Coach Herm, Rodd thought. My God. A strange fate. I didn’t even know these people are still there. So out of touch. Fourteen years. Archmiller and Westgate, a coach and a janitor whose personalities and lives were well known to him, or had been, in Coach Herm’s case. Me, the best of West Central’s well known. Hot Rod Roddell Lawson, the high school’s biggest and brightest basketball star ever. On to college — Rodd cut off that thought. Out of the past, Roddy. The past, he told himself. You’re old news, buddy. Life goes on… Such as it is.

Or is snuffed out, he thought, looking back at the paper.

He read the rest of The Blade story: “No motive for the shooting was suggested by Police Chief Gary Kantor. The chief stated,’It is definitely a murder scene. No one shoots himself more than once in the heart.’

“Chief Kantor said there was no evidence of a suicide and the county coroner’s report stated the death was a homicide. The victim was shot three times in the chest.

“Herman Archmiller this season would have begun his 25th year as head boys coach. A native of Indiana, Mr. Archmiller joined the West Central coaching staff in 1971. He is survived by his wife, Wyona, and three teenage sons, one of whom, James, is a member of the high school’s reserve basketball team.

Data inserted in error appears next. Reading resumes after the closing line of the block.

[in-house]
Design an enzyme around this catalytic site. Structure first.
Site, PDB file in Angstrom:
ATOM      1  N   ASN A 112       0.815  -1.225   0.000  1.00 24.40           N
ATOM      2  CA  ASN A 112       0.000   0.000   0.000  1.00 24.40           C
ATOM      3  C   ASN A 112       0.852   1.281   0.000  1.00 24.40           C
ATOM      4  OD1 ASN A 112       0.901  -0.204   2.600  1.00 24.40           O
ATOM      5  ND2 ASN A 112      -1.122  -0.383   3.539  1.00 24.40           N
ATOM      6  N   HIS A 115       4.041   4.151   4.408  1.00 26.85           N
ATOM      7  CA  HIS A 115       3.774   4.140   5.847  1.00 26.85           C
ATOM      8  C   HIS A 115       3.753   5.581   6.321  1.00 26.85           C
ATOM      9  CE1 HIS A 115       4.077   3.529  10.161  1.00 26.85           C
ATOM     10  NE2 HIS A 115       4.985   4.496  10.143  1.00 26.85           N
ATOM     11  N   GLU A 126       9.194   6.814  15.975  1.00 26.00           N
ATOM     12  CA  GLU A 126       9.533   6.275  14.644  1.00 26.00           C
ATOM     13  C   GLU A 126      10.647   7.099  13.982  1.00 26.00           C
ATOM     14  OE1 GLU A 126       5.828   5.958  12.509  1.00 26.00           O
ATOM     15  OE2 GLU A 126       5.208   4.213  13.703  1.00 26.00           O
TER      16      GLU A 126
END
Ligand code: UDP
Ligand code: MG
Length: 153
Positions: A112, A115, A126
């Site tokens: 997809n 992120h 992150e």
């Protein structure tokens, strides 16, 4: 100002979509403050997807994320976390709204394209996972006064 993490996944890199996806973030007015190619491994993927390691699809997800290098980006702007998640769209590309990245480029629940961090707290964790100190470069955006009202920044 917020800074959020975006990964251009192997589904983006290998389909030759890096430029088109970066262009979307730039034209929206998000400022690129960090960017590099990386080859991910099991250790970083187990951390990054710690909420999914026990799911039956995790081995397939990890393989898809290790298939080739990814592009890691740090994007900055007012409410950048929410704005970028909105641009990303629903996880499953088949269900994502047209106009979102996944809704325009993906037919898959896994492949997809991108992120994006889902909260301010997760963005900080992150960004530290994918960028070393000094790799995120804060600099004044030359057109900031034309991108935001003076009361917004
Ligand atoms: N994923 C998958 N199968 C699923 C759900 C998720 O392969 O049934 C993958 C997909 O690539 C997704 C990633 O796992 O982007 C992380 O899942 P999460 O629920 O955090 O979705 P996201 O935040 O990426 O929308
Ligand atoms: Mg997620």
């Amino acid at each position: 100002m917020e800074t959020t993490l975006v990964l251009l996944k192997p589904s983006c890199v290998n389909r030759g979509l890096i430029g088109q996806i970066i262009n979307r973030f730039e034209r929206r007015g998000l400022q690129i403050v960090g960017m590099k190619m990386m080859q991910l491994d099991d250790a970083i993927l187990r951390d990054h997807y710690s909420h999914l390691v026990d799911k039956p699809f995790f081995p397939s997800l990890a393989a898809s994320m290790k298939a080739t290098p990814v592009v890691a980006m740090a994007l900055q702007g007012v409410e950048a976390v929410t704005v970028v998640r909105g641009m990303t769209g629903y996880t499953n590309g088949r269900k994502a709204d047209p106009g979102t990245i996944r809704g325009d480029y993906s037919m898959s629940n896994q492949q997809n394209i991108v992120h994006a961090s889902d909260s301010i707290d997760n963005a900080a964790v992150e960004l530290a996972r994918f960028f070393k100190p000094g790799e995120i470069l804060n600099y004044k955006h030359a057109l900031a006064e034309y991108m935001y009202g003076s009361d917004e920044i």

“The Northwest Ohio rural farm community of West Central is best known for having been put on the map by All-Ohio basketball star ‘Hot Rod’ Roddell Lawson, also a sophomore sensation on the Toledo College basketball team of 1983. A truck accident ended Mr. Lawson’s highly publicized career that year.

“The death of Mr. Archmiller remains under investigation.”

Rodd’s name in newsprint startled him. All this time, he thought. He’d seen his name in the locals so many times, so long ago. Now… Now it seemed unreal.

Rodd’s thought drifted…



*** Credit:
Story and Artwork from the personal and copyrighted collection of Barbara Anne Helberg

FANS — Chapter Five


by Barbara Anne Helberg

Chapter Five — What I Didn’t and Did Know

What I didn’t know much about where Rodd was concerned covered the last twelve years since his accident. A whisper of the grapevine told me Rodd had lost his scholarship, then moved his family to Clyde, Ohio, after dropping out of Toledo College to recover is health.